Bianwen refers to a wording style adopted by monasteries and temples to deliver ideas to ordinary people and it employs forms of storytelling and singing to tell sutra stories. From the Wei (220-265) and Jin (265-420) to Sui (581-618) and Tang (618-907) dynasties, Buddhism became widespread in China. Monasteries and temples employed more diverse methods for propaganda, such as Zhuandu (reading), Changdao (chanting) and Sujiang (discourses).
Bianwen transcripts discovered in Dunhuang Sutra Hiding Hole
Sujiang was very popular in the Tang Dynasty (618-907), when folk artists also began to tell folktales through Shuochang (storytelling that combines singing and narration) in the form of Bianwen. At that time, Shuochang not only combined singing and narration but also was accompanied by drawings so as to present a clearer picture to the audiences. The wording style of Bianwen is between prose and verse and is similar to that of Sanskrit sutra, not only inheriting and developing the traditional style but also setting a good example for Guqu Changci(drumbeat libretto).
After the Northern Song Dynasty (960-1127), various literary forms came into being, including Huaben (recorded texts of folk storytellers), Cihua (novel with parts in verse), Xiqu (traditional opera) and so on. Bianwen, once popular in the Tang Dynasty, was in decline due to its inconvenient staging and discrimination by feudal rulers. Most of those Bianwen transcripts we see today were discovered in Dunhuang Sutra Hiding Hole in Gansu Province in 1899.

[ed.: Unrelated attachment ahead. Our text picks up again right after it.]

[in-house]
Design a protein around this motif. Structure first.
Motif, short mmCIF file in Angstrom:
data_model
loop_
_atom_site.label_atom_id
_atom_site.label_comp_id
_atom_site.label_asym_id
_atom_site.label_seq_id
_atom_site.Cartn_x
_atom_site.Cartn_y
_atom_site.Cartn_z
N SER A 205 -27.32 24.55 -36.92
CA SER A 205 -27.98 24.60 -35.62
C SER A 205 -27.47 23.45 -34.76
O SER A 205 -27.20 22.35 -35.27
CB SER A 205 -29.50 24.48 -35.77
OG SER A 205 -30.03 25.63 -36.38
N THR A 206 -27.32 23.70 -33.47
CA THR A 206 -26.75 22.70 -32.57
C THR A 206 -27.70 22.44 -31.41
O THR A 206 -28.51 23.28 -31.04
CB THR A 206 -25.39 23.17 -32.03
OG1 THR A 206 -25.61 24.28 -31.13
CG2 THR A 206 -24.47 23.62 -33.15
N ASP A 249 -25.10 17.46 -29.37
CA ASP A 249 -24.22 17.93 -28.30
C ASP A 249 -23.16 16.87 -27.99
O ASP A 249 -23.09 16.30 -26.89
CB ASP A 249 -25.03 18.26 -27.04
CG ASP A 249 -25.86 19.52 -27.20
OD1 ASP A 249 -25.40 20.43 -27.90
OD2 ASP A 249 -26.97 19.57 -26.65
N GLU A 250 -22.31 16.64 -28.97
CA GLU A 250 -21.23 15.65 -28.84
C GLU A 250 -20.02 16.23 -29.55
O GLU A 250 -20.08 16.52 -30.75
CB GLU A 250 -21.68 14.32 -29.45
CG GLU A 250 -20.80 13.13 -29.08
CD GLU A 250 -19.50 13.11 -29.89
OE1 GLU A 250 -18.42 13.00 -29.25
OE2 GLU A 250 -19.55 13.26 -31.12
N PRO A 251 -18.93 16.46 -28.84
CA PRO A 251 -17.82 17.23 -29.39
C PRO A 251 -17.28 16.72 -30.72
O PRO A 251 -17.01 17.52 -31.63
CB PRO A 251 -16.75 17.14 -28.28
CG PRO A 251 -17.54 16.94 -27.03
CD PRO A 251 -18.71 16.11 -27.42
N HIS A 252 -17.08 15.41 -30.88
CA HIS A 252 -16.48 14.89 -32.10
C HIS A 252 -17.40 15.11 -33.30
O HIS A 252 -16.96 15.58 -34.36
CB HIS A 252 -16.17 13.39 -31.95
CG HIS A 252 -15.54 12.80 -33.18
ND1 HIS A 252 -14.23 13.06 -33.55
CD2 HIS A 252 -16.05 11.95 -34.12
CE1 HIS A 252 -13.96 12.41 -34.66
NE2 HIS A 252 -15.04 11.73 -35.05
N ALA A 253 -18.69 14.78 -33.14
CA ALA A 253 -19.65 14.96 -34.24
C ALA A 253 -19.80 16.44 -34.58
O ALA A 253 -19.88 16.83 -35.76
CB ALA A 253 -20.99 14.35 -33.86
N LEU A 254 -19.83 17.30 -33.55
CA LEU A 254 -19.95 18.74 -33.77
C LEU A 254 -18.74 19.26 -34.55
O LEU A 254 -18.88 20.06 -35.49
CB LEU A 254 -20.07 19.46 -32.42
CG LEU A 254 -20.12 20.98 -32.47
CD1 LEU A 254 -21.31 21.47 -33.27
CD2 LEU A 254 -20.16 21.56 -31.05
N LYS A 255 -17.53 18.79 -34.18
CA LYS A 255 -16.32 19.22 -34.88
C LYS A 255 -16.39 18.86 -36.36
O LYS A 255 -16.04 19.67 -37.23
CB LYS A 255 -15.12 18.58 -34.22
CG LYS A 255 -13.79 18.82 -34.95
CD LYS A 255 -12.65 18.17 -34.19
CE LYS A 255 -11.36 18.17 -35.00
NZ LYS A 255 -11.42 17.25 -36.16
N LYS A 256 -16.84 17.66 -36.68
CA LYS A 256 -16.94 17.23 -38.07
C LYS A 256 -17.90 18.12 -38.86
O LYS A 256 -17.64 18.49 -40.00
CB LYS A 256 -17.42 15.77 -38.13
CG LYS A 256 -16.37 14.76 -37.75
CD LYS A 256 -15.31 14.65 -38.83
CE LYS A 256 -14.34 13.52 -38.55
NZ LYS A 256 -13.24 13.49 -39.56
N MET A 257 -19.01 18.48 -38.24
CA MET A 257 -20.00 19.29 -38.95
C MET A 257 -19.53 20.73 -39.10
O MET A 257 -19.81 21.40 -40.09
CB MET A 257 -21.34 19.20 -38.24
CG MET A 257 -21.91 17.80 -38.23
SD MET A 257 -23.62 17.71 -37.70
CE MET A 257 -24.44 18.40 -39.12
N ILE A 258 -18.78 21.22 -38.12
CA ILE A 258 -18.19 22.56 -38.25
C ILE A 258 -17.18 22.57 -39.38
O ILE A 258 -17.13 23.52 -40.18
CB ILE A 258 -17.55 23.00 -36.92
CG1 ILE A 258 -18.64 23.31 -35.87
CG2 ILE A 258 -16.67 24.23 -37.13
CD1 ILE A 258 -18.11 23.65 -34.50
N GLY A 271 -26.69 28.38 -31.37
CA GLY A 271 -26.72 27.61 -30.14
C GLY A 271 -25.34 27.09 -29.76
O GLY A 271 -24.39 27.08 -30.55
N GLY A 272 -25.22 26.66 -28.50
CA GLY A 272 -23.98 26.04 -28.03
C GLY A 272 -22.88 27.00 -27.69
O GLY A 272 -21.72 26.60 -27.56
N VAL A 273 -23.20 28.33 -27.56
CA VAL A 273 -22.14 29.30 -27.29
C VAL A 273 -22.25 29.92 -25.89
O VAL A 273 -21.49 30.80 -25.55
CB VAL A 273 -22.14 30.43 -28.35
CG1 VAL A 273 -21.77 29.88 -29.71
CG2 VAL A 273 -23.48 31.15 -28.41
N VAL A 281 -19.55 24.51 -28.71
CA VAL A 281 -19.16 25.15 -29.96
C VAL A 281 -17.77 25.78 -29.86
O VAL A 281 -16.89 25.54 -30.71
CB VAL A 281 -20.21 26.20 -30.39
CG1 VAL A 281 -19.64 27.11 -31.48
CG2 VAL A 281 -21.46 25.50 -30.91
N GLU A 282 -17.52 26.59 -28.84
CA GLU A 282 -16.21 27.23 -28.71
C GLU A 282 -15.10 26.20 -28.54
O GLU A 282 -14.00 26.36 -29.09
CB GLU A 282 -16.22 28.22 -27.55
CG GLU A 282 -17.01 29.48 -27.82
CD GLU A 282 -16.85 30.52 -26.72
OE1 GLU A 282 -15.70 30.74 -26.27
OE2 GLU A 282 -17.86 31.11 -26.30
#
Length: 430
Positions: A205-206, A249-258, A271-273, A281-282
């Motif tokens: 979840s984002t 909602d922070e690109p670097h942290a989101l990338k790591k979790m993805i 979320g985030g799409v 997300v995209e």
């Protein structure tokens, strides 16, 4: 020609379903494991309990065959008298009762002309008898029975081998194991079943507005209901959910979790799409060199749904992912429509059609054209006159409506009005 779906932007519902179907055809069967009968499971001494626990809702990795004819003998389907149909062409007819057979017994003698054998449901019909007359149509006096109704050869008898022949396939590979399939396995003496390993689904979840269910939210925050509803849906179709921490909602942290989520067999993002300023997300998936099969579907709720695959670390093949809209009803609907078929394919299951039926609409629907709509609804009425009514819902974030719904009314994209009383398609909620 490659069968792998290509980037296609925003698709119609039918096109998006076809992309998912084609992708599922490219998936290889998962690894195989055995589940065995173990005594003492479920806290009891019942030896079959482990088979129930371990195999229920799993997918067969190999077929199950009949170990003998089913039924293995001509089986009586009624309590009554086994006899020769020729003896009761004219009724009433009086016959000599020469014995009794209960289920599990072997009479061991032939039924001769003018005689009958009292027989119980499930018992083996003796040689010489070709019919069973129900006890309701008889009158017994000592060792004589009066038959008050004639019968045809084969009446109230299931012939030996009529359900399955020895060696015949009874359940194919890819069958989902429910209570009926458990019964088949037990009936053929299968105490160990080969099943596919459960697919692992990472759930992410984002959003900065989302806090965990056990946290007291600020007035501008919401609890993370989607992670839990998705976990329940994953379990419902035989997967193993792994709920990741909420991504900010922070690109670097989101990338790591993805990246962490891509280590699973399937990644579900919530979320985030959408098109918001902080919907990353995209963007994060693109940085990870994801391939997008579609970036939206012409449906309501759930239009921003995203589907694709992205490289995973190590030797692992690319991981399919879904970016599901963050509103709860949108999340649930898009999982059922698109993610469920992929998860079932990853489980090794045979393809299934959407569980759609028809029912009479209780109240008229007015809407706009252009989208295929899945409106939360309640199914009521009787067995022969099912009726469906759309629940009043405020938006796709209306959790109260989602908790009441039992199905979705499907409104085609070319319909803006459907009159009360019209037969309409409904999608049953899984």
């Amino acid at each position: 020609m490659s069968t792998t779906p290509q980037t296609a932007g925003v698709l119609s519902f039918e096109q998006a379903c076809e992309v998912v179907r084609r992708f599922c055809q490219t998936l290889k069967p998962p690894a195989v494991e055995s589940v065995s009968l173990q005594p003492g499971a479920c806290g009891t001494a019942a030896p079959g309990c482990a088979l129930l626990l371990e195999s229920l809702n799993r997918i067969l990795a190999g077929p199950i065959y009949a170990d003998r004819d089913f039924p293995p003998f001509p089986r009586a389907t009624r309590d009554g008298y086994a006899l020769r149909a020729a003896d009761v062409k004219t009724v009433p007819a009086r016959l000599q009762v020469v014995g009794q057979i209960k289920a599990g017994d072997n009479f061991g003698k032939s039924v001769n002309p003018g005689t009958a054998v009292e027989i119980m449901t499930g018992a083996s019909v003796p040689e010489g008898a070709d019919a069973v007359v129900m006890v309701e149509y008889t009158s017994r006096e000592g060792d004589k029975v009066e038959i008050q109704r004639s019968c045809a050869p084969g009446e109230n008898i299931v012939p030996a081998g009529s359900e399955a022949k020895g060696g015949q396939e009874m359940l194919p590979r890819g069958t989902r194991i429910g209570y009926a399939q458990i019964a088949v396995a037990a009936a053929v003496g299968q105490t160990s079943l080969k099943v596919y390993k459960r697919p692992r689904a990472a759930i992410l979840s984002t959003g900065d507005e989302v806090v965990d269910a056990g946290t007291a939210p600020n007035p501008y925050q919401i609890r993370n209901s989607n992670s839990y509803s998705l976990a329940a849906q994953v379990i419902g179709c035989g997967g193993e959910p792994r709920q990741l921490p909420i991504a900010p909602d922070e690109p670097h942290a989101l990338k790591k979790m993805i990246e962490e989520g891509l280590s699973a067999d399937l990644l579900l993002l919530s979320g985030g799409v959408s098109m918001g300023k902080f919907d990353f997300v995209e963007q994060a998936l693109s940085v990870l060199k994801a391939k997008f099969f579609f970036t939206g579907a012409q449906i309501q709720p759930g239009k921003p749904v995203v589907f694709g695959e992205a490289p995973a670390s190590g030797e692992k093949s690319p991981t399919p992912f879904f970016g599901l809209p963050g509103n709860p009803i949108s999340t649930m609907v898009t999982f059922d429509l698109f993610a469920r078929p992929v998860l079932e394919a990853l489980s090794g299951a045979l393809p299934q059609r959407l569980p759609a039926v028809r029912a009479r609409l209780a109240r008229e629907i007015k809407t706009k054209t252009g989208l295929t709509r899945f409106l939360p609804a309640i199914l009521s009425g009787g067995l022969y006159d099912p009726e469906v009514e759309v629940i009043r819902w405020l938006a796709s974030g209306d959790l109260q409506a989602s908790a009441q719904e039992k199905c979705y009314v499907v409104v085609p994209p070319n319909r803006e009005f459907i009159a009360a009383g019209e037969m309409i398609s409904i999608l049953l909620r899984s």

The Dunhuang Sutra Hiding Hole
Storytelling while singing, prevalent after the Tang Dynasty (618-907), was a milestone in the history of Chinese Quyi development. Several traditional operas that emerged later basically inherited the form. Some contents of prose and songs in Bianwen were overlapped and performers at that time did not know to divide the work of them according to functions. Besides, the language was not so vivid, showing the primitiveness of the storytelling art in the initial period.